Gov. Mike Parson is calling the Missouri General Assembly back for a special session concurrent with next week’s veto session to focus on approving computer-science courses for K-12 education in the state.
The governor also wants legislators to expand treatment courts.
Both sessions will happen the week of Sept. 10 through Sept. 14. The education legislation Parson wants approved also expands the awareness of career opportunities through STEM education — science, technology, engineering and math.
“When I addressed the General Assembly nearly three months ago, I pledged that I would change the tone and work with the Legislature,” Parson said in a news release. “This call is a step in delivering that promise. These two issues were a part of the General Assembly’s historic session as they passed a number of their priorities. By working together to come up with a more narrowly defined focus, we will have better served the people of Missouri.”
Though vetoed due to problematic language that had been added, both bills received strong bipartisan support, and Parson reiterated that this special session is about agreement, not division.
The new STEM legislation establishes an online program to educate students about STEM careers. The special session will allow the program to be implemented for the 2019-2020 school year.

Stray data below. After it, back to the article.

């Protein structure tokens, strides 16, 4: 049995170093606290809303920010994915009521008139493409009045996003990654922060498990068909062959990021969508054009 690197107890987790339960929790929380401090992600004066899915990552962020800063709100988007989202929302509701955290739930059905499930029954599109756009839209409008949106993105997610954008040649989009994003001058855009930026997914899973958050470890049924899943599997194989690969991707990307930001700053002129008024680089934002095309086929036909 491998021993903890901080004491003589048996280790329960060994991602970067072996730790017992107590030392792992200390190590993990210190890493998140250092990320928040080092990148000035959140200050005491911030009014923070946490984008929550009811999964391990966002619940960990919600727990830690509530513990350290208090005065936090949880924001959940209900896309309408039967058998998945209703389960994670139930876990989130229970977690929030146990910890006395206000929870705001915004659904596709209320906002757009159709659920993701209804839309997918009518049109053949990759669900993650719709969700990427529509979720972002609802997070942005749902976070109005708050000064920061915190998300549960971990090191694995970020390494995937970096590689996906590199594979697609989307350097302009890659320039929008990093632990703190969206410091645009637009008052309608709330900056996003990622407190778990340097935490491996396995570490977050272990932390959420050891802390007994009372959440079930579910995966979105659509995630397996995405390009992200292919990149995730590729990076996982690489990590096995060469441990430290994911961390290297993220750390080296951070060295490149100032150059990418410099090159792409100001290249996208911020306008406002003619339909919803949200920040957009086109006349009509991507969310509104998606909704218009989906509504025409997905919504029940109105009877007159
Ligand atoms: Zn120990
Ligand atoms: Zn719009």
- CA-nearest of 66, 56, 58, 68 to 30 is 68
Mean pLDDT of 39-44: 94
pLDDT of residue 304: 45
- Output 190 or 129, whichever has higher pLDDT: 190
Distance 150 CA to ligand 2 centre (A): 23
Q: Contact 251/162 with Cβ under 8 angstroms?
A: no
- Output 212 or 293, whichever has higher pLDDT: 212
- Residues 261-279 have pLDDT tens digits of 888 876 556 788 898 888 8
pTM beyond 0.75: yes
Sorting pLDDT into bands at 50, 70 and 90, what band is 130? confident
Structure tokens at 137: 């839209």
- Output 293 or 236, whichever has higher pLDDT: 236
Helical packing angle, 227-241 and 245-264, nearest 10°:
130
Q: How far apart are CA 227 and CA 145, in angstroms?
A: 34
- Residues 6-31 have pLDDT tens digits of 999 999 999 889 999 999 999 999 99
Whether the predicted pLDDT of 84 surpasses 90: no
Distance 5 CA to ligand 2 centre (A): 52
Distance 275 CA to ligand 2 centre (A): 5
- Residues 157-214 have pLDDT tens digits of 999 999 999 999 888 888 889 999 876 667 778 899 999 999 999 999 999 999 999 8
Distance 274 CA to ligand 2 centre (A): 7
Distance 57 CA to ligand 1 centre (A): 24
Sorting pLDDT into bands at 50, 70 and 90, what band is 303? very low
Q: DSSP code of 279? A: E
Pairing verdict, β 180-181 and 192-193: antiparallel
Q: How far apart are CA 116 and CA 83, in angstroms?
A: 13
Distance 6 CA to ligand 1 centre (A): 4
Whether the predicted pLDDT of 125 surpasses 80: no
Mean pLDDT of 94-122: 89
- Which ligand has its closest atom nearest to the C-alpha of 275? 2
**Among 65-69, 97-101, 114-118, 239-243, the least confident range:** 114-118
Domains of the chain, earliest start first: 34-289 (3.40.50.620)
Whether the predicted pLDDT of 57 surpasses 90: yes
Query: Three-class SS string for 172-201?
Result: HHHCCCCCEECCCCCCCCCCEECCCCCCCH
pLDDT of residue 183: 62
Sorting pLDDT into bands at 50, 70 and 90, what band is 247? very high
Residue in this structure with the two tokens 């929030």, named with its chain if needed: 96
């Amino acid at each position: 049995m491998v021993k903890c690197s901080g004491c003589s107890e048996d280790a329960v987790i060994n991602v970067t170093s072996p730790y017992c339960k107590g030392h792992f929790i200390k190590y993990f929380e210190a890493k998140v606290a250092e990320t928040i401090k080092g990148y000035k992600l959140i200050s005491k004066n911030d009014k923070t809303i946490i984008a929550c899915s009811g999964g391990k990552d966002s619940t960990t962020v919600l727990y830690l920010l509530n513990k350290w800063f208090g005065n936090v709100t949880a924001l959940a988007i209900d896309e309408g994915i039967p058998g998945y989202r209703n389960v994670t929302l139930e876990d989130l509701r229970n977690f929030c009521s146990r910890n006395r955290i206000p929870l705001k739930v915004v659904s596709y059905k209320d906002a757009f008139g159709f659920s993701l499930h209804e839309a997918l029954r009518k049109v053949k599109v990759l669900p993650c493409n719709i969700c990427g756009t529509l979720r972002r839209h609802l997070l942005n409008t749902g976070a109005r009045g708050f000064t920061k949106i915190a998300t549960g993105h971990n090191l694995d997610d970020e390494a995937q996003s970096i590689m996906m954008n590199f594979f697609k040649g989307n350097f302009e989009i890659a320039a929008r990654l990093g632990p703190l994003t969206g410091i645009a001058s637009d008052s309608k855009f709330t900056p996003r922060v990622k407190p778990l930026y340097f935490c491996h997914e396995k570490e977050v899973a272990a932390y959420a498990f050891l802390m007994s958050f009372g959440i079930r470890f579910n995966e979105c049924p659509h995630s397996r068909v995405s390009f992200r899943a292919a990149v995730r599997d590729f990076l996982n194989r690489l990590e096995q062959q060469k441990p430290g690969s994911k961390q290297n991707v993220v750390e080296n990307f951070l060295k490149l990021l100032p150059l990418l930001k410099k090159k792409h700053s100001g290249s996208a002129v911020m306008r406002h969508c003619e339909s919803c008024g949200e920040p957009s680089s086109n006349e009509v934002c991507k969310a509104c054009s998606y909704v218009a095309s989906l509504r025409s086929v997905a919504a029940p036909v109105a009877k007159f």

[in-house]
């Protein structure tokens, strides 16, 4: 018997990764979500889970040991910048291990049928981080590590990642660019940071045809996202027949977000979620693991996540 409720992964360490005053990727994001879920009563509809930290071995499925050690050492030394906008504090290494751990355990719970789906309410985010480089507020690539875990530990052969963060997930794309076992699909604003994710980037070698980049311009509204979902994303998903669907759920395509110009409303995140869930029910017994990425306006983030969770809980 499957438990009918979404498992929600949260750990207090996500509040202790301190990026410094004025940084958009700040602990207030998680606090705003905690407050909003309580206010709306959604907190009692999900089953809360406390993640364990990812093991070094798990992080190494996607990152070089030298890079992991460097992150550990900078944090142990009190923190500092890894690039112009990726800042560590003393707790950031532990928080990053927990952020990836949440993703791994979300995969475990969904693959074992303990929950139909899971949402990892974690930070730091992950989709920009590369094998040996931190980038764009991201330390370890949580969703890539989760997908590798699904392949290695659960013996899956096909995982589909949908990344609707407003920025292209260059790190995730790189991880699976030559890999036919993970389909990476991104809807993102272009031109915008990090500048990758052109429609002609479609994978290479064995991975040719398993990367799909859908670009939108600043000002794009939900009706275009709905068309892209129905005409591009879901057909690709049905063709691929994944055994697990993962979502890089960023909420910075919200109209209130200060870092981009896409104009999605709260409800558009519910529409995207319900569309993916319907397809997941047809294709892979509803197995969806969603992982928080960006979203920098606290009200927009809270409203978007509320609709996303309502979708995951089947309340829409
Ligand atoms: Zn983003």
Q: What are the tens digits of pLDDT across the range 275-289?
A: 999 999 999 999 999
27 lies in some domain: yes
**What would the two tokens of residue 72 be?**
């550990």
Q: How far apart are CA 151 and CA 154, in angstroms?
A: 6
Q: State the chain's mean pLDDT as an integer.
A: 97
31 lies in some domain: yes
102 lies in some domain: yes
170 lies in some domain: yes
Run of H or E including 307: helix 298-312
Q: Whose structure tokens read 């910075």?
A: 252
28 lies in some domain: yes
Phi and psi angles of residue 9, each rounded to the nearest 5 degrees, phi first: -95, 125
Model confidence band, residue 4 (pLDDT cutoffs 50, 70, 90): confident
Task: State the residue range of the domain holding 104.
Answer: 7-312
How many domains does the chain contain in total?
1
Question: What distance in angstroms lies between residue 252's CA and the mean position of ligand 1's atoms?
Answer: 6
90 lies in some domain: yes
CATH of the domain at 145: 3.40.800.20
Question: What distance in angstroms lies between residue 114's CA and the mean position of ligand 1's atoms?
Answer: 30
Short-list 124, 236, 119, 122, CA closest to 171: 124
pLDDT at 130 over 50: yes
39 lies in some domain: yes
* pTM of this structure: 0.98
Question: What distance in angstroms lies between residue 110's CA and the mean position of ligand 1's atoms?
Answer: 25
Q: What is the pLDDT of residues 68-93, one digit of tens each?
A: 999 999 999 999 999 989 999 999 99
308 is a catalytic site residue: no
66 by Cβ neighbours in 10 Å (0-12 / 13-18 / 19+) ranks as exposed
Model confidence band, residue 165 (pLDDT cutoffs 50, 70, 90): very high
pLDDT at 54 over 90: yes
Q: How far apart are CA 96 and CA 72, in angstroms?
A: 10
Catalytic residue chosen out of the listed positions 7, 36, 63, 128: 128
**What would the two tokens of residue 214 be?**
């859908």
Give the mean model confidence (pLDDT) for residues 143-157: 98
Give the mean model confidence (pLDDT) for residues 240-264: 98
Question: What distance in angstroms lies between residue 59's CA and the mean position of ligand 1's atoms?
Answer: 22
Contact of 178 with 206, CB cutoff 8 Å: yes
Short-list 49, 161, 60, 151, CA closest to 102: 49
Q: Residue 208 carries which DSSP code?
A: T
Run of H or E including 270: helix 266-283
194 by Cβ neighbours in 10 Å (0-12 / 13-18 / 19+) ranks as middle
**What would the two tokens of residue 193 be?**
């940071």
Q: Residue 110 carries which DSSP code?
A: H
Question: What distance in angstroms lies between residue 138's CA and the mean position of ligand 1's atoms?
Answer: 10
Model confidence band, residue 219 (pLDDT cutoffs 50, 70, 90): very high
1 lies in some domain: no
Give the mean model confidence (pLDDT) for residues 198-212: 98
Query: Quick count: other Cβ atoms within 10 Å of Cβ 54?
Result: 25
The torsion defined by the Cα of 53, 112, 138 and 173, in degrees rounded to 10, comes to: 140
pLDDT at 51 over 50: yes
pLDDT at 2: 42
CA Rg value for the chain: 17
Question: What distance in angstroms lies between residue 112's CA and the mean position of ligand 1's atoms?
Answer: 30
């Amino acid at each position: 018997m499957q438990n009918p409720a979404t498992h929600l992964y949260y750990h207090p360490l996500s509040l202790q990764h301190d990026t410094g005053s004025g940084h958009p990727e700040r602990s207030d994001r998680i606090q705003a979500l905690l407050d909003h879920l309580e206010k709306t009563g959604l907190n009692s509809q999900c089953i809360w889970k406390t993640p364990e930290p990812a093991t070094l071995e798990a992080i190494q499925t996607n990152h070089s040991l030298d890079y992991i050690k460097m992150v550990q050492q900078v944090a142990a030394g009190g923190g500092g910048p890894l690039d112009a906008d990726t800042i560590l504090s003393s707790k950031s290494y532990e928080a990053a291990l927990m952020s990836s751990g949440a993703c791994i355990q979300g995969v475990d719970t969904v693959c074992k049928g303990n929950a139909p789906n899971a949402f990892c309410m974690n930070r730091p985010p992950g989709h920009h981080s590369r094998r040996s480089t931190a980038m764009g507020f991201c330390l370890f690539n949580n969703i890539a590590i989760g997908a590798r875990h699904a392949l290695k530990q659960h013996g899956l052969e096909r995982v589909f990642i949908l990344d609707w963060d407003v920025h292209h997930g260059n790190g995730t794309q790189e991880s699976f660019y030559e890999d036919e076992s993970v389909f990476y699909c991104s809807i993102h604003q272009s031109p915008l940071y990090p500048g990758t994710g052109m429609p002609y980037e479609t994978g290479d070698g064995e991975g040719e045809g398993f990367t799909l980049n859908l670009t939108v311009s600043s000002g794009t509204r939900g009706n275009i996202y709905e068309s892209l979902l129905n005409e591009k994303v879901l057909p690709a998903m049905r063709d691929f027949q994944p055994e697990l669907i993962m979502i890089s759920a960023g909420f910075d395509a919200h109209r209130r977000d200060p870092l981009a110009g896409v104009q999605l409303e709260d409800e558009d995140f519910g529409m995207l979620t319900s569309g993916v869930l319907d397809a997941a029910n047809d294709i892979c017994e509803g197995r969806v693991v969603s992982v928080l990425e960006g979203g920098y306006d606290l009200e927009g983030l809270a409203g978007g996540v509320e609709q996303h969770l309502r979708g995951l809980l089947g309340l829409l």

The new treatment-court legislation will focus solely on reforms to treatment courts throughout the state.
Expansion of treatment courts will allow for more individuals to get treatment, rather than being incarcerated in an already overcrowded prison system, Parson said.
Sen. Doug Libla, R-Poplar Bluff, sponsored one version of the original bill.
“Computer science being offered in our K-12 schools is so important to the future of our Missouri students and to the many companies that desire and depend on these skills. Thousands of high-paying jobs are available right now all across Missouri,” Libla said in the release. “I would like to thank Gov. Parson and the Missouri Legislature for their past support of this life-changing legislation.”
The new treatment-court legislation will focus solely on reforms to treatment courts throughout the state. Expansion of treatment courts will allow for more individuals to get treatment, rather than being incarcerated in an already overcrowded prison system, Parson said. Rep. Kevin Austin, R-Springfield, was the original sponsor of the treatment-court bill.
“I applaud the governor’s action and comments,” Austin said. “ I appreciate his recognition that Missouri treatment courts have been a great success at changing lives for the better, lowering criminal recidivism rates, saving taxpayer dollars by reducing incarceration, all the while making our communities safer and aiding our citizens in their quest to be more productive and improve their quality of life. I am excited to work with my colleagues and the governor to pass this crucial expansion of our treatment courts into law.”
Leadership in both the House and Senate endorsed the governor’s decision for a special session. The timeliness of the call to have a special session concurrent with veto session ensures that this special session is run efficiently, cutting down on any additional costs and saving taxpayer dollars, Parson said.